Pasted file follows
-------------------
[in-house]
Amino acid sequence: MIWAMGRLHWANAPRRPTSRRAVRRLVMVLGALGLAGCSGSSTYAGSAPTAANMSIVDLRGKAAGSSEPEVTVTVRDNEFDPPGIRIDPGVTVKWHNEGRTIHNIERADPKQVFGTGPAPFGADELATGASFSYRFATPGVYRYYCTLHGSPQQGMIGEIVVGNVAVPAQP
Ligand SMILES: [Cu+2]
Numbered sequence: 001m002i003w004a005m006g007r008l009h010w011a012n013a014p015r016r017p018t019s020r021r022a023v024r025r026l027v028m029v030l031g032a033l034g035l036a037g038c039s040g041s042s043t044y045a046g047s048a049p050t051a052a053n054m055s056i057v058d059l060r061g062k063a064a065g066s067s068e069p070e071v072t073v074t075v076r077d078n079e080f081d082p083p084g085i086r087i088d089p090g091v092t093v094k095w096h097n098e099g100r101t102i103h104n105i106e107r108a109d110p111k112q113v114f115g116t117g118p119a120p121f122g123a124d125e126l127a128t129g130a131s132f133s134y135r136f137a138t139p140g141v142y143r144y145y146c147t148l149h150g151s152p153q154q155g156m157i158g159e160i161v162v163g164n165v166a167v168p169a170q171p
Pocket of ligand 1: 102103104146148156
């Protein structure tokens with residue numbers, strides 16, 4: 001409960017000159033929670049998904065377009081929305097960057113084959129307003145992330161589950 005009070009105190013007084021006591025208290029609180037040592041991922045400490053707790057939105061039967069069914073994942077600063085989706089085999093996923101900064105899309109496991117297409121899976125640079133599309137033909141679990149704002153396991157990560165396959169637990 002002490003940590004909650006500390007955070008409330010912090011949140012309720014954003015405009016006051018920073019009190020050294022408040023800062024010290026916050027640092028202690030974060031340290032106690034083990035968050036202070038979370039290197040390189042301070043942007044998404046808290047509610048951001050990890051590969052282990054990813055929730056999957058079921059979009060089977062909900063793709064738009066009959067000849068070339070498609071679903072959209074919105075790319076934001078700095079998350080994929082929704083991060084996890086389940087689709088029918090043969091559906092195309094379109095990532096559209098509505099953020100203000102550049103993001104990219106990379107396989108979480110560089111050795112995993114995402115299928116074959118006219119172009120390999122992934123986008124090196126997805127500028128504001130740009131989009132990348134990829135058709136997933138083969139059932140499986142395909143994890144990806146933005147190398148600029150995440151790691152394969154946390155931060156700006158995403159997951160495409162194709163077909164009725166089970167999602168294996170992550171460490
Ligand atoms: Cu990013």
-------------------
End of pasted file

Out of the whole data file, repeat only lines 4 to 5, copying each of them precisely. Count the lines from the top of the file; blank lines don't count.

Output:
Numbered sequence: 001m002i003w004a005m006g007r008l009h010w011a012n013a014p015r016r017p018t019s020r021r022a023v024r025r026l027v028m029v030l031g032a033l034g035l036a037g038c039s040g041s042s043t044y045a046g047s048a049p050t051a052a053n054m055s056i057v058d059l060r061g062k063a064a065g066s067s068e069p070e071v072t073v074t075v076r077d078n079e080f081d082p083p084g085i086r087i088d089p090g091v092t093v094k095w096h097n098e099g100r101t102i103h104n105i106e107r108a109d110p111k112q113v114f115g116t117g118p119a120p121f122g123a124d125e126l127a128t129g130a131s132f133s134y135r136f137a138t139p140g141v142y143r144y145y146c147t148l149h150g151s152p153q154q155g156m157i158g159e160i161v162v163g164n165v166a167v168p169a170q171p
Pocket of ligand 1: 102103104146148156